There may be nothing quite as universal and particular as food. Except, perhaps, the Jewish people, whose Diaspora has placed us among every ethnic group, adopting and adapting its cuisine and giving Jews a certain expertise and ownership of deli and delicacies, from harissa to smoked fish, shakshuka to kibbeh.
And while food always reflects its culture, American culture today—and, consequently, American Jewry—is steeped in a foodie frenzy. It’s a time when celebrity chefs are America’s new rock stars, food trucks line city squares at lunchtime, community gardens have sprung up in our neighborhoods, craft beers and pickling have become hipster hobbies and food certifications signal not only whether a product is organic or kosher, but if it was farmed using environmentally sustainable and humane practices.
All this may explain the astronomical success of The Jewish Federation of Greater Washington’s Jewish Food Experience®, an online hub of recipes and Jewish culinary stories along with events such as lectures, tastings and, of course, cooking classes. Funded by the United Jewish Endowment Fund, the Jewish Food Experience® has proven so successful at engaging new community members that the Federation is now working to pilot the project through Jewish federations in Orange County, New York; St. Louis, Missouri and Austin, Texas.
“Food is identity,” said Steve Rakitt, CEO of The Jewish Federation of Greater Washington. “And through the Jewish Food Experience®, we’ve found a compelling new way to reach and nurture the Jewish identities of members of our community.”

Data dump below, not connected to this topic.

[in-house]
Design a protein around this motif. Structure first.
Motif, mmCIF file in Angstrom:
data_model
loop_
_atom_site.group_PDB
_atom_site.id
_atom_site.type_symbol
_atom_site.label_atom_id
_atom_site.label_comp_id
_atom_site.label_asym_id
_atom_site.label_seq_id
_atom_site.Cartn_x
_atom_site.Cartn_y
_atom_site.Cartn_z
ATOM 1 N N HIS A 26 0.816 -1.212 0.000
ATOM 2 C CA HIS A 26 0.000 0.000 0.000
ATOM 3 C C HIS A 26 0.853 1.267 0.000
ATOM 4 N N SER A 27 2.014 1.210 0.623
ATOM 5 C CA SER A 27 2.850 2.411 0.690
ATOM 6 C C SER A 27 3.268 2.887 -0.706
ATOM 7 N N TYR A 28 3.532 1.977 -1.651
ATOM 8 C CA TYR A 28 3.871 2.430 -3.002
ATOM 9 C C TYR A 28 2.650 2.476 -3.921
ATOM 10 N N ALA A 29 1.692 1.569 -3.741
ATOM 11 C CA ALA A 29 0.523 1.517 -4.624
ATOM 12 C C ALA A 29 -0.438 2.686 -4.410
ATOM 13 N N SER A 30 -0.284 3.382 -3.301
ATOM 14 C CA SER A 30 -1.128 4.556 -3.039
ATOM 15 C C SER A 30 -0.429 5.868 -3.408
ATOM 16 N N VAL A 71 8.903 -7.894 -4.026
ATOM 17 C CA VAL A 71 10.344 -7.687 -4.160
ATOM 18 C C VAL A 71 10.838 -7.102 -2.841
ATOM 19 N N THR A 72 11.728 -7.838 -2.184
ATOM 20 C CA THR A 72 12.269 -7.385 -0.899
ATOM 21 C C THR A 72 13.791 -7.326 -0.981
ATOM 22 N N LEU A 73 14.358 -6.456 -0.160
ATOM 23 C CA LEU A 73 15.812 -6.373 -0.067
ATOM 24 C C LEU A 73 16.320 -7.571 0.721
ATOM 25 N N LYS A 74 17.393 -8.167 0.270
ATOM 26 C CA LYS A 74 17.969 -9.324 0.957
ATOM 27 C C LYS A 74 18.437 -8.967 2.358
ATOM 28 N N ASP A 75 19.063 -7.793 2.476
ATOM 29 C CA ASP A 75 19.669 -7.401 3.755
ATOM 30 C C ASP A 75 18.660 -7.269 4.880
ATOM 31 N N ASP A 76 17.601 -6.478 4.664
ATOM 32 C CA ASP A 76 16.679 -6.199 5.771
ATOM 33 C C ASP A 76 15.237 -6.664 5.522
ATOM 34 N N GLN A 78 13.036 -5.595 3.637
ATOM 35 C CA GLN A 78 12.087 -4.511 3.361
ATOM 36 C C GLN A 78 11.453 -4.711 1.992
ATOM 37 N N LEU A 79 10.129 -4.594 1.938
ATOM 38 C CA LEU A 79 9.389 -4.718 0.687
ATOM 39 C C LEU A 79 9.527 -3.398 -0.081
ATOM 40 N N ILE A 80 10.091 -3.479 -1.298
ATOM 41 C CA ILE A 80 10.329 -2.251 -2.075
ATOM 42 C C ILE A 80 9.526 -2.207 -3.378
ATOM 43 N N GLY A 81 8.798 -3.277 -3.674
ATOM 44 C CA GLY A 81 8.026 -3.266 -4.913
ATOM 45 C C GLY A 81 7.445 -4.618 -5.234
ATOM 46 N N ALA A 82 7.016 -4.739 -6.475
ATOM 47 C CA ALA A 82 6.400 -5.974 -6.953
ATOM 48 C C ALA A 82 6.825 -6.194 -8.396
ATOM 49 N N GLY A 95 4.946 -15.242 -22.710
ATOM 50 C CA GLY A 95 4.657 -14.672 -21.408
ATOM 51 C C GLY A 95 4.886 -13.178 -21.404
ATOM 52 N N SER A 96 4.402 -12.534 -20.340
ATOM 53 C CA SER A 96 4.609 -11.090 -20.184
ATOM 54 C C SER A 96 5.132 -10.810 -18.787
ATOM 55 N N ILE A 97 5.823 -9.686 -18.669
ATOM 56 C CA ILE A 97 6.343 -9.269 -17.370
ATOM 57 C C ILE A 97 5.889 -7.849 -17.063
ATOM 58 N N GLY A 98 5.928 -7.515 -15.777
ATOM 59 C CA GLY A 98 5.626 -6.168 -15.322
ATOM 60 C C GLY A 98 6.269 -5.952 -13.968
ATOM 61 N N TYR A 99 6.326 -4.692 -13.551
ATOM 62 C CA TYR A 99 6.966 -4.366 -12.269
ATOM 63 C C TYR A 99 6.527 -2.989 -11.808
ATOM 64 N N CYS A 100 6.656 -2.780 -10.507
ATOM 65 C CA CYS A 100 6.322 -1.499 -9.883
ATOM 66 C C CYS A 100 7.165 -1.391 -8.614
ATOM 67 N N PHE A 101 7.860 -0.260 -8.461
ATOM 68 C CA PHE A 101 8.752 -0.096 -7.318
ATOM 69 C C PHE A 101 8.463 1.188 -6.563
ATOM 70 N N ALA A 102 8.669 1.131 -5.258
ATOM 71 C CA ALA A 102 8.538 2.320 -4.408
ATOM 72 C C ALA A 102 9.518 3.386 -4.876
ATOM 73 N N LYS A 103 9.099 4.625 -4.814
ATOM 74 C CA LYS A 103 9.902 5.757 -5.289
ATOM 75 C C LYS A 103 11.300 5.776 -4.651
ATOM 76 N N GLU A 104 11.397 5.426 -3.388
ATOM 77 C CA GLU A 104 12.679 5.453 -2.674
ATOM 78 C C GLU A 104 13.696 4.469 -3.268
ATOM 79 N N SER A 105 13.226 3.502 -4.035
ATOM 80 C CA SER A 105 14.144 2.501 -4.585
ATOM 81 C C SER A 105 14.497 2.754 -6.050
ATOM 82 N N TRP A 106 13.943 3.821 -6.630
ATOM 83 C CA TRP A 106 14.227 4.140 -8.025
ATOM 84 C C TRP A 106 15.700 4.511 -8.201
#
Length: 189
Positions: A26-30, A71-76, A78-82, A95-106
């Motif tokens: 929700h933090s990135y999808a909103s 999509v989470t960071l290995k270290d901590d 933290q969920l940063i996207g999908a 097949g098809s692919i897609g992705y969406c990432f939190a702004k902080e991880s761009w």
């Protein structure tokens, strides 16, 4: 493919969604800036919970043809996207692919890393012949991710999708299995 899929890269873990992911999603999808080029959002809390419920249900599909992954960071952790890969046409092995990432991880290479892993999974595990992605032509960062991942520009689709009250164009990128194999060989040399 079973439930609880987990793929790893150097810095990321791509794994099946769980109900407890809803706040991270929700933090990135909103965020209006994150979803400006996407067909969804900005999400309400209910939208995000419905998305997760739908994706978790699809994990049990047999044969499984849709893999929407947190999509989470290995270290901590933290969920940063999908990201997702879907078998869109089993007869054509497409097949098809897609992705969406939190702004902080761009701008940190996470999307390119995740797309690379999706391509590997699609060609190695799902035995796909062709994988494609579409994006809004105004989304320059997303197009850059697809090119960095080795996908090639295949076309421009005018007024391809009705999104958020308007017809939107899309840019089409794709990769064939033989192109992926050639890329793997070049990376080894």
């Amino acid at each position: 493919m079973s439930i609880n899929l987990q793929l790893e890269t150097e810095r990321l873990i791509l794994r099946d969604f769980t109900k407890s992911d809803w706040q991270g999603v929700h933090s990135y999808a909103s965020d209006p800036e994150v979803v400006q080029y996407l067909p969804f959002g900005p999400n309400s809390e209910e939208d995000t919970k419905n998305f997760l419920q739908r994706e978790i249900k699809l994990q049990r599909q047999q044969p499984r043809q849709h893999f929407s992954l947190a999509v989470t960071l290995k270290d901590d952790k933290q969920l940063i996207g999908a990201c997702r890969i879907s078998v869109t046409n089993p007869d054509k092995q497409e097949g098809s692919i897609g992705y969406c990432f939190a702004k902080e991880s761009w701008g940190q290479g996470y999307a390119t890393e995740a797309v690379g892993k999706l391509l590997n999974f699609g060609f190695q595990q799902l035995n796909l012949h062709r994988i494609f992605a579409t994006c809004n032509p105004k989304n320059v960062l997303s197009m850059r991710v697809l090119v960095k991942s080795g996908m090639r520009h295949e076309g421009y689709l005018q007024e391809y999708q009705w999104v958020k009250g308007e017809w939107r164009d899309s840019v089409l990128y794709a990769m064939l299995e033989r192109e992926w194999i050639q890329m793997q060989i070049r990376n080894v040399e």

At the Jewish Federation of Greater Orange County, the Jewish Food Experience® represents a departure from its traditional programming: fundraisers announced by formal invitations. “This is a totally different way of approaching people,” said executive director Joyce Waschitz, citing online promotion and a softer goal of “meeting new faces and making new friends.” “We are acquainting them with Federation, so we can ask them in the future.”
In producing each of its three events this fall, the group mined local talent to offer a fresh perspective on Jewish community. Its first program, a session on sprouting seeds and beans and pegged to a passage in Genesis, was hosted by Harley and Alyse Matsil, also known as the Wheatgrass Queen and King. The Matsils started their business, Perfect Foods, in the basement of a kosher Brooklyn butcher shop and now run a 10,000 square-foot growing facility in Goshen, New York.
In its first Jewish Food Experience® event, The Jewish Federation of St. Louis is aiming to teach young Jewish professionals the art of hosting. Held at a glass-making factory, the event will feature local celebrity restaurateurs and bartenders along with a rabbi who can give pointers on hosting Shabbat dinner. It’s a new tool for engaging young people who may think about Federation as their parents and grandparents’ organization, says Nathaniel Rosenblum, the federation’s senior associate of community development.
In Austin, “food is definitely the biggest thing on the scene right now next to music,” said Dana Epstein, assistant executive director of the local Federation. To add a foodie twist to tradition, the group has developed the “Shmoozie Supper Club,” a culinary Shabbat dinner with each of four courses connected to a Jewish theme. (A body-and-soul concept at the first dinner involved polenta crackers and an eggplant dish meant to represent “primordial ooze.”) Held in venues throughout the city, the idea is to bring Jewish community to the disparate parts of Austin, Epstein said. “We’re not trying to pull them in. We’re trying to go to them.”
Each of the three pilot programs will run though Passover of 2016. Currently, JFE® has made a number of smaller components of the larger program available for replication in markets across the country. “We are so proud of all that JFE® has accomplished in Washington and look forward to sharing the fruits of our labor with colleagues across the country in 2016” said Paul Entis, JFE®’s Director.
Photo by Linda Wolpert.